India, Nepal home ministers’ meet put off due to turmoil

By Sudeshna Sarkar, IANS,

Kathmandu : The three-day security talks between the home ministers of India and Nepal, scheduled to have started in New Delhi Tuesday, have been postponed indefinitely due to the mounting turmoil in Nepal.

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Nepal’s Home Minister Bhim Rawal, accompanied by Home Secretary Govinda Prasad Kusum and the chiefs of Nepal Police, Armed Police Force and National Investigation Department, was to have continued talks on combating terrorism jointly and border security issues with his Indian counterpart P. Chidambaram after a round of bilateral talks in Kathmandu between the home secretaries of the two countries.

“But the talks have been postponed due to Nepal’s internal situation,” home ministry spokesman Jai Mukund Khanal said.

The coalition government of Nepal faces fresh disruption from Nov 21 if a fresh ultimatum issued by the former Maoist guerrillas lapses without an agreement.

The former insurgents began street protests against the government of Prime Minister Madhav Kumar Nepal from Nov 1, demanding an apology from President Ram Baran Yadav, whose intervention six months ago triggered the fall of their government.

The Maoists, the largest party in parliament after last year’s election, tried to sack the chief of the army but were foiled when the president reinstated the fired general.

The street protests, which paralysed government offices nationwide, ended Friday with the former guerrillas giving the government a week to rectify the presidential move or face even greater protests from Nov 21.

Maoist chief and former prime minister Pushpa Kamal Dahal Prachanda has indicated that the new protests could include an indefinite shutdown of the republic.

Besides the Maoist threat, the coalition government finds itself in a fresh dilemma with a group of former Maoists beginning an indefinite shutdown of the Terai plains in southern Nepal from Monday.

Matrika Prasad Yadav, former Maoist minister and the party’s seniormost leader in the Terai, now heads a splinter group called the Communist Party of Nepal (Maoist) (CPN-M).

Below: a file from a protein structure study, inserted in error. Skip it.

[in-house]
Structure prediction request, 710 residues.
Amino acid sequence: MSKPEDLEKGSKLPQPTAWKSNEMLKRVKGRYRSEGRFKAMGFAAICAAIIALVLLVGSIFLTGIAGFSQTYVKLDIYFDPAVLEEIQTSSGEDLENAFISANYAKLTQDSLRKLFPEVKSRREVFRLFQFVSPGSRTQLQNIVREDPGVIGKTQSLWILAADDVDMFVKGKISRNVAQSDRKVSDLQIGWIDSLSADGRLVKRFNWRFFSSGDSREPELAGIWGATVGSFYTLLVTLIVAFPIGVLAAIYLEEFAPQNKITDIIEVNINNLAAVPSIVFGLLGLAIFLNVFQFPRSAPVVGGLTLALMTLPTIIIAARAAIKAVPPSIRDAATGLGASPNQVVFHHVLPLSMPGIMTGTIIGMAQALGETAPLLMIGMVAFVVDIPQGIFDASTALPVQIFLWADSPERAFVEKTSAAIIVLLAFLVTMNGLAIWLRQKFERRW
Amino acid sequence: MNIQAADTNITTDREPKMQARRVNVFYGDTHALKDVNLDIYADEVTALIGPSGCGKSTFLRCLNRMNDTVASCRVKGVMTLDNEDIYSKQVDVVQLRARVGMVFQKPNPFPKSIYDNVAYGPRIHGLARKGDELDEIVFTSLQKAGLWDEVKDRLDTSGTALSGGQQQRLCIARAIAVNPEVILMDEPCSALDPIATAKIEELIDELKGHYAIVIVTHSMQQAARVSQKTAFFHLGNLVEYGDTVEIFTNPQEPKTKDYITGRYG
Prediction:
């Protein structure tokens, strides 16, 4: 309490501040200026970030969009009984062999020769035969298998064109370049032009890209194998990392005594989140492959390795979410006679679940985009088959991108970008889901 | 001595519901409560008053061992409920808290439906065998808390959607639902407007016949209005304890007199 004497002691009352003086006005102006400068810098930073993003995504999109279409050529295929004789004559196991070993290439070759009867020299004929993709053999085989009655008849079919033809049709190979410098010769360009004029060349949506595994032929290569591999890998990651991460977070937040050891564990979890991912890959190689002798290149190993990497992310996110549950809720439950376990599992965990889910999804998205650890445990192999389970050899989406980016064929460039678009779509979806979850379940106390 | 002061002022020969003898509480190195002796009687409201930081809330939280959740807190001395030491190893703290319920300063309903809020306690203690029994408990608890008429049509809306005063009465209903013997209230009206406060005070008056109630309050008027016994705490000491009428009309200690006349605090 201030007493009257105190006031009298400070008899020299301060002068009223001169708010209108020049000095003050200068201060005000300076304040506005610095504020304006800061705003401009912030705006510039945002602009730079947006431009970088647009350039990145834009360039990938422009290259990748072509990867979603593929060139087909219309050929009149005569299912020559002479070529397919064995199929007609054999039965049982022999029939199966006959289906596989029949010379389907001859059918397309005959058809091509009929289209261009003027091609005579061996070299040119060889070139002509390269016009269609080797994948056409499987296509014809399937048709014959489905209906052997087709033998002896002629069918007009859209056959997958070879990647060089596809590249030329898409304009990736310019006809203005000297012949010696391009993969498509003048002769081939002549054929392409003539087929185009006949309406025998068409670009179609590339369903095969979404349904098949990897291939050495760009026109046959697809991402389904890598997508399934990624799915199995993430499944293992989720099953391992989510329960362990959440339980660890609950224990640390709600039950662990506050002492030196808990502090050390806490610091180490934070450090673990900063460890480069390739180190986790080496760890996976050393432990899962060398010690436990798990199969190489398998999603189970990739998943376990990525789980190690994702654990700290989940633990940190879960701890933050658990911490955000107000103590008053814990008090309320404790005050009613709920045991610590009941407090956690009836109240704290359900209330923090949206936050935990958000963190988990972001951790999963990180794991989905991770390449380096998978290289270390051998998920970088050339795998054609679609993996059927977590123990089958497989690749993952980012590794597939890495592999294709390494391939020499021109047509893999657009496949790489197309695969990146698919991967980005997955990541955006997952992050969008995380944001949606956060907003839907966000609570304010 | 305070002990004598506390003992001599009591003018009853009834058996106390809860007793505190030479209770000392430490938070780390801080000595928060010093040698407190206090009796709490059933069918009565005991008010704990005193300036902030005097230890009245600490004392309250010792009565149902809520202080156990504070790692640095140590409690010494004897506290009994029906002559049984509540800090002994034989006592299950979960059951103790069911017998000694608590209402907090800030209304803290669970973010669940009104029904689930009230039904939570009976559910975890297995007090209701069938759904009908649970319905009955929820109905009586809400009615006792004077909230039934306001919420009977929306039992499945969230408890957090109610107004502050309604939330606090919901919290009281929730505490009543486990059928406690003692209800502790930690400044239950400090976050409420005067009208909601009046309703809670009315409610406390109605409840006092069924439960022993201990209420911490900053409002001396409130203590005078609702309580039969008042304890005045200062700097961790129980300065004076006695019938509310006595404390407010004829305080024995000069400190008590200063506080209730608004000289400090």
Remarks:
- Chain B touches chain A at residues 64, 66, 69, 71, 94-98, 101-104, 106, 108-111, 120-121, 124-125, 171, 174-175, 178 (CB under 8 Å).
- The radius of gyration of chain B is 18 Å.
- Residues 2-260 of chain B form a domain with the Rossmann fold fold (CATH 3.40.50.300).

The new faction Monday shut down 22 districts along the India-Nepal border demanding the release of their supporters who were arrested during a protest earlier this month.

The new turbulence has paralysed the highway connecting Kathmandu valley with India and Birgunj, the main trading hub between India and Nepal.

Last week, Birgunj had been shut down for five days by civil servants who went on the warpath after a junior minister slapped one of the seniormost bureaucrats.

Due to the continuous disruption at Birgunj, the supply of fuel, including petroleum and diesel, from India to Nepal has been stopped for nearly a week now, causing an acute fuel scarcity that has affected the capital’s petrol stations as well.

In addition to the parties’ protests, the Nepal government also faces the spectre of a resumed agitation by civil servants who have warned they would stop work again.

They are demanding the arrest of the errant Minister of State for Agriculture and Cooperatives Karima Begum, who last week slapped the chief district officer of Parsa, Durga Prasad Bhandari, in his own office five times, for being allotted an old car during her visit.

The protesters have said they would start a strike if the minister is not arrested this week.

However, the prime minister, already under fire from the Maoists, has been hesitating to take action against the minister, despite public outrage, since her party’s support is crucial for the survival of his government.

Begum belongs to a faction of the Madhesi Janadhikar Forum that has emerged as the biggest Terai party in Nepal after the election.